[meteorite-list] ARCTIC IRONS - the hunt is on

From: E.P. Grondine <epgrondine_at_meteoritecentral.com>
Date: Tue, 25 Dec 2007 21:31:49 -0800 (PST)
Message-ID: <182573.31839.qm_at_web36903.mail.mud.yahoo.com>

Hi Sterling, all -

Hopefully now that Jason and Darryl have stopped their
harassment, we can begin to define the problem space
for the arctic iron hunt. I don't intend to let either
of them waste another minute of my time, and would
recommend to others here that they follow a similar

Going back to Firestone's piece in the Mammoth Trumpet
in March, 2001, which Sterling provided us the link to
(Sterling, would you please do so again), we see
spikes in Carbon 14 production in the accepted radio
calibration curve INTCAL98.

Running through time, the first of these spikes at (by
eyeball) 46,000 BCE may be associated with the
Barringer Crater Impact.

The next spike at 40,000 BCE is unassociated with any
impact crater that I know of. There may be one, it's
simply that I don't know it or can't recall it; if
anyone knows of a candidate impact do tell. I seem to
vaguely remember that there were South American
impactites found at Rio Cuarto which did not come from
the 2,360 BCE event, but came from a much earlier one.
Does anyone here know of any impact or impactite which
might match?

The next spike at 31,000 BCE appears to be from the
Mammoth Pepperer Impact. Judging from the calibration
chart, this crater should have been just a tad bigger
than Barringer Crater, if the iron hit land. Of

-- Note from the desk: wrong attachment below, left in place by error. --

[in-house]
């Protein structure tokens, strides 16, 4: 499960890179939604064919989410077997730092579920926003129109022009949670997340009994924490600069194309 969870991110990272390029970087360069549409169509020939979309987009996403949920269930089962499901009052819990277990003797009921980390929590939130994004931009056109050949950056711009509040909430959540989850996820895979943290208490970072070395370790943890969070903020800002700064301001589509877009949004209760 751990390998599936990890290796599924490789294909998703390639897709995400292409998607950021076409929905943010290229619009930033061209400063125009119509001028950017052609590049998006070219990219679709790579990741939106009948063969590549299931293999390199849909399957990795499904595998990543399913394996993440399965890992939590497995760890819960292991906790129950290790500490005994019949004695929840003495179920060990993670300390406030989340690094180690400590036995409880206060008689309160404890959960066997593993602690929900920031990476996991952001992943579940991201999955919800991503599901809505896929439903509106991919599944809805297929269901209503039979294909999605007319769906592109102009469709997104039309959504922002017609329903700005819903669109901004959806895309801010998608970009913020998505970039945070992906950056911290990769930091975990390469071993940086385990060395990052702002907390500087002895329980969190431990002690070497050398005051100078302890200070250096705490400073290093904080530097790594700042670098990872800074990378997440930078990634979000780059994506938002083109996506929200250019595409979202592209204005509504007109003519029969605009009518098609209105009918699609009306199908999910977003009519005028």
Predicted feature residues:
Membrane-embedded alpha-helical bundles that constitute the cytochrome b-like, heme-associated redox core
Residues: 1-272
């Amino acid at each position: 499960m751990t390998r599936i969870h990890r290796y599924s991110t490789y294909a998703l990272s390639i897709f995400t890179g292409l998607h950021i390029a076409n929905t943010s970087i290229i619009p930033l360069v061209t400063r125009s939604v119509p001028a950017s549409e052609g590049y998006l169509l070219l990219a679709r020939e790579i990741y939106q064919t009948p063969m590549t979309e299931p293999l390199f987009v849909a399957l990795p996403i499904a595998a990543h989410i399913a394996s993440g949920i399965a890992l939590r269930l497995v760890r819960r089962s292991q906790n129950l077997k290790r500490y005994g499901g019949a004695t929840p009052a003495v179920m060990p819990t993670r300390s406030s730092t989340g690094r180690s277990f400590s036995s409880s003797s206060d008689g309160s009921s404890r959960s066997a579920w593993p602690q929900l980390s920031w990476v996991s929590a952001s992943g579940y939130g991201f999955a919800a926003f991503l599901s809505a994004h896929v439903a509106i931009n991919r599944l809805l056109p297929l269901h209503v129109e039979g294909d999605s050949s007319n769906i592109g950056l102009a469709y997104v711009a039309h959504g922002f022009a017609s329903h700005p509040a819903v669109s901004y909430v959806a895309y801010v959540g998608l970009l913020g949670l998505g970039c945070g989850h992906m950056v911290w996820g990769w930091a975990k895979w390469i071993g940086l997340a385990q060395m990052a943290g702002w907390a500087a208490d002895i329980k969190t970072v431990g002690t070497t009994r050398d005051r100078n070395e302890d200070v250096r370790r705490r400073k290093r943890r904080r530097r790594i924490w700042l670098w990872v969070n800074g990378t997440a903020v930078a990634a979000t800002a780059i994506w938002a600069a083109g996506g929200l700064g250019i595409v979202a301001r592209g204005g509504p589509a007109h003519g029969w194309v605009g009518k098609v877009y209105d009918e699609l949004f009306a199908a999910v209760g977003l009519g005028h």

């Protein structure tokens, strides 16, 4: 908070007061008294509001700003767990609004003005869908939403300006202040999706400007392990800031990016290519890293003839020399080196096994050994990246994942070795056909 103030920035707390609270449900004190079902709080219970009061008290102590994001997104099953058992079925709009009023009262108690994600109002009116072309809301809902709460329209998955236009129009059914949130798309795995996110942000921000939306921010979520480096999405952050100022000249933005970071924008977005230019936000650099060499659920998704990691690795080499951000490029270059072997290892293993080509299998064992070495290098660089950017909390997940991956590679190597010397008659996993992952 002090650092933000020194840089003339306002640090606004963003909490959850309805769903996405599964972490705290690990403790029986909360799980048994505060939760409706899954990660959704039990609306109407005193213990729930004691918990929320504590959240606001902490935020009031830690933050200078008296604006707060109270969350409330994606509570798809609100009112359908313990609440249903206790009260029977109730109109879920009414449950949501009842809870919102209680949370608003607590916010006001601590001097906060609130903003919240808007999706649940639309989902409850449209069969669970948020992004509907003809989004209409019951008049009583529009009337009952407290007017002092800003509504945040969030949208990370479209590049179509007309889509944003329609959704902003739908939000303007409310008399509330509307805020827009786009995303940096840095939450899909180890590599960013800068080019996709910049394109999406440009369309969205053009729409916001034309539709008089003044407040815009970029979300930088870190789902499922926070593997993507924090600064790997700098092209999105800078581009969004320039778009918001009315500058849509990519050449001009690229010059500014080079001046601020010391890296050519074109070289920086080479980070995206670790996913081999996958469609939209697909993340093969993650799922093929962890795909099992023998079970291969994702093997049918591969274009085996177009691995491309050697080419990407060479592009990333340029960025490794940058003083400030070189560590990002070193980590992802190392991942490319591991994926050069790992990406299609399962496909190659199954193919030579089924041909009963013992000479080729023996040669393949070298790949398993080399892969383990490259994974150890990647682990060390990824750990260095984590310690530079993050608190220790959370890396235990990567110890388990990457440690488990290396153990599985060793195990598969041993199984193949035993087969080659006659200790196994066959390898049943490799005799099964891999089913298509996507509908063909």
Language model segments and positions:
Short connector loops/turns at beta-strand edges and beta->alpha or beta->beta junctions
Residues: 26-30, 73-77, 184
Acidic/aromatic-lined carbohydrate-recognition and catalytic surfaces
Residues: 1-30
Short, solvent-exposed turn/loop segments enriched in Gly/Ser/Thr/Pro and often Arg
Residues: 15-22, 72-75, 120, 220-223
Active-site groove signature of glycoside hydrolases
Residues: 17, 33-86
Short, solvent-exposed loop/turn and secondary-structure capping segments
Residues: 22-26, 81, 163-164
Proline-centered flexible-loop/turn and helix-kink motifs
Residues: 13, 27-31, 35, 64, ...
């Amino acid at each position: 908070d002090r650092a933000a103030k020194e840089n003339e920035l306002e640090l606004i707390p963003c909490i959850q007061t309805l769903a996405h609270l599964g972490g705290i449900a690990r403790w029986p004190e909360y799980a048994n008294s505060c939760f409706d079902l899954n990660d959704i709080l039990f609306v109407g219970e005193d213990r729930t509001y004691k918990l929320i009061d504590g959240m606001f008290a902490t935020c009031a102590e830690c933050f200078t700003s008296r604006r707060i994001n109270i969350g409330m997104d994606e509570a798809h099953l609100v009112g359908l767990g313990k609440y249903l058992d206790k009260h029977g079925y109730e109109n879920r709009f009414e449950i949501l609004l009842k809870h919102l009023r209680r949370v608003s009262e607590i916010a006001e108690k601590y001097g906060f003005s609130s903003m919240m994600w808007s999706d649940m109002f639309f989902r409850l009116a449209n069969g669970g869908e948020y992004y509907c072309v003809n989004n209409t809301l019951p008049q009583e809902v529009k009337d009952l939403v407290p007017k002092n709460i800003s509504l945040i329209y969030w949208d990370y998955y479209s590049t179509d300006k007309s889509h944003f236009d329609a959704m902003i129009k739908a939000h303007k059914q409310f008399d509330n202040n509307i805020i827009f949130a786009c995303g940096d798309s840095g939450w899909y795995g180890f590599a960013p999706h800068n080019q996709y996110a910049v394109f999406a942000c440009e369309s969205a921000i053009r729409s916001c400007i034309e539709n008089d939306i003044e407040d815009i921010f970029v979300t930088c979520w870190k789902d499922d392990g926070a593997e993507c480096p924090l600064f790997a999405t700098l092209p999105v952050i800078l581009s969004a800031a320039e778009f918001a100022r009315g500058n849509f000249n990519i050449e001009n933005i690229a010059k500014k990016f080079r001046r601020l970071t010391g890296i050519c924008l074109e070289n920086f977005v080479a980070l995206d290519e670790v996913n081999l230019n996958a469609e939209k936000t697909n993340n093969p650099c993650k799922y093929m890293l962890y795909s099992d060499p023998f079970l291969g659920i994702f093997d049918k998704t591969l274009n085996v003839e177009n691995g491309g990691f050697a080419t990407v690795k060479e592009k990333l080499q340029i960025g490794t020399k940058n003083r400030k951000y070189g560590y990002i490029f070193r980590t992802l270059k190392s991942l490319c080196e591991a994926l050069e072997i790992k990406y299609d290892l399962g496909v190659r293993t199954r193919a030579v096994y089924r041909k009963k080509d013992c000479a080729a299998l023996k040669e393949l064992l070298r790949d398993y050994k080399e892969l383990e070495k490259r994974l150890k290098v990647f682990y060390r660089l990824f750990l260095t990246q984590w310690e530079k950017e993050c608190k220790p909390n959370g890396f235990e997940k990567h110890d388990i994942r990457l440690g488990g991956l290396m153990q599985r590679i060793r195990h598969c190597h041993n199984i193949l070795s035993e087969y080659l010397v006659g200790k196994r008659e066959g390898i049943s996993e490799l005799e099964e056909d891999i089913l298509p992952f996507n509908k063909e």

course, that land is tundra, so the crater edges most
likely will not remain sharp today.

>From the BBC report, we see that the most intense
peppering occurred in Alaska, where the mammoth tusks
were found (no longer a Calgary shop, as per earlier
reports). There was some doubt among Firestone's team
as to whether the mammoths died at the time of impact,
and some of them were clearly hoping the tusks were
peppered later at 10,900 BCE. Remarkably, they did not
seem to understand the difference in impactites coming
from an iron impact and a comet impact.

A healed ox skull from Siberia shows that the iron
peppering was less intense there - the ox survived.

Looking at the ice sheet maps from 31,000 BCE, while
this was the Laurentide ice maximum, strangely enough
Alaska was ice free in its north - they know this from
pollen samples. The mammoth were eating something to
live, after all. This was what was left of an earlier
ice free "corridor", which would reopen again later.

Thus the possibility of a large undiscovered crater
somewhere in that ice free area of Alaska remains, no
matter what kinds of tantrums some people throw.

The tusks show jagged unhealed edges - which is to say
immediate death. A problem here is that ballistic
re-entry means condensed spherules will arrive back to
Earth with the same force with which the iron plasma
left, so an ice impact still can not be ruled out.

We have the spherule distribution from the Barringer
Impact to go on for comparison. Can someone here
provide the information which Nininger gathered? That
distribution could be compared with the peppering
density preserved in the tusks, which might give some
kind of range.

If we knew exactly where the tusks and the ox skull
were found it would help. Alaska and Siberia are big

The next C14 spike ca. 13,000 BCE is probably related
to the following one at 10,900 BCE, the cometary
impact now proved by Kenneth's team's recovery of the
North American impactite layer at that date, some of
the peoples' memories of which I have repeated here
from my book.

good hunting, and Merry Christmas,
E.P. Grondine
Man and Impact in the Americas

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Received on Wed 26 Dec 2007 12:31:49 AM PST

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